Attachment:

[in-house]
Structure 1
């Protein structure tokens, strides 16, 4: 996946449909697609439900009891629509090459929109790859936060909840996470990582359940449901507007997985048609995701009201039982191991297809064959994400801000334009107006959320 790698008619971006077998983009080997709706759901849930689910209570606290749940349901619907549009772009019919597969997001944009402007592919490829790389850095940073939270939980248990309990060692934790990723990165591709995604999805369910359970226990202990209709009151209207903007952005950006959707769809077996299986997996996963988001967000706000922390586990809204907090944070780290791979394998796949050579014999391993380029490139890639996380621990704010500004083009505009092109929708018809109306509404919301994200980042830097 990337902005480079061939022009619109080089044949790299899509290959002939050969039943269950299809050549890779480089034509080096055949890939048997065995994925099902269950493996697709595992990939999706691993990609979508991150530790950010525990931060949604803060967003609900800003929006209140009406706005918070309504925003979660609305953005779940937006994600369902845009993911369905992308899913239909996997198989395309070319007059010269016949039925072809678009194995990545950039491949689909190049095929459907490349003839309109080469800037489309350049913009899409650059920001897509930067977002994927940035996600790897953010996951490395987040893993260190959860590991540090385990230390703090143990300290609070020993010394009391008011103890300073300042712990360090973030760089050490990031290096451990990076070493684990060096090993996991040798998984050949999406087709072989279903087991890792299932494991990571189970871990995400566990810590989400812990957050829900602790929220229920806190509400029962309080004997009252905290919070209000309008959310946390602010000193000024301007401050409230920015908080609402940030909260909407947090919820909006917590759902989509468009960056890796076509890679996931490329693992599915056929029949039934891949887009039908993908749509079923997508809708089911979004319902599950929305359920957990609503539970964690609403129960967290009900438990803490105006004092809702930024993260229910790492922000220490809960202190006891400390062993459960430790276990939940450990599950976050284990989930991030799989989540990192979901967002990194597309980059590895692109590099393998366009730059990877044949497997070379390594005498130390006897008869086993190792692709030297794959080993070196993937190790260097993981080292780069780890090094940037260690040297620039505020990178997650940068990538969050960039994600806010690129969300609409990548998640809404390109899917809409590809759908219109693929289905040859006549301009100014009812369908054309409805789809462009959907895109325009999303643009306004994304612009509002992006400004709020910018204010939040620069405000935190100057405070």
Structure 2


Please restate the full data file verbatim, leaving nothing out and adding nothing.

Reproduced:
[in-house]
Structure 1
């Protein structure tokens, strides 16, 4: 996946449909697609439900009891629509090459929109790859936060909840996470990582359940449901507007997985048609995701009201039982191991297809064959994400801000334009107006959320 790698008619971006077998983009080997709706759901849930689910209570606290749940349901619907549009772009019919597969997001944009402007592919490829790389850095940073939270939980248990309990060692934790990723990165591709995604999805369910359970226990202990209709009151209207903007952005950006959707769809077996299986997996996963988001967000706000922390586990809204907090944070780290791979394998796949050579014999391993380029490139890639996380621990704010500004083009505009092109929708018809109306509404919301994200980042830097 990337902005480079061939022009619109080089044949790299899509290959002939050969039943269950299809050549890779480089034509080096055949890939048997065995994925099902269950493996697709595992990939999706691993990609979508991150530790950010525990931060949604803060967003609900800003929006209140009406706005918070309504925003979660609305953005779940937006994600369902845009993911369905992308899913239909996997198989395309070319007059010269016949039925072809678009194995990545950039491949689909190049095929459907490349003839309109080469800037489309350049913009899409650059920001897509930067977002994927940035996600790897953010996951490395987040893993260190959860590991540090385990230390703090143990300290609070020993010394009391008011103890300073300042712990360090973030760089050490990031290096451990990076070493684990060096090993996991040798998984050949999406087709072989279903087991890792299932494991990571189970871990995400566990810590989400812990957050829900602790929220229920806190509400029962309080004997009252905290919070209000309008959310946390602010000193000024301007401050409230920015908080609402940030909260909407947090919820909006917590759902989509468009960056890796076509890679996931490329693992599915056929029949039934891949887009039908993908749509079923997508809708089911979004319902599950929305359920957990609503539970964690609403129960967290009900438990803490105006004092809702930024993260229910790492922000220490809960202190006891400390062993459960430790276990939940450990599950976050284990989930991030799989989540990192979901967002990194597309980059590895692109590099393998366009730059990877044949497997070379390594005498130390006897008869086993190792692709030297794959080993070196993937190790260097993981080292780069780890090094940037260690040297620039505020990178997650940068990538969050960039994600806010690129969300609409990548998640809404390109899917809409590809759908219109693929289905040859006549301009100014009812369908054309409805789809462009959907895109325009999303643009306004994304612009509002992006400004709020910018204010939040620069405000935190100057405070």
Structure 2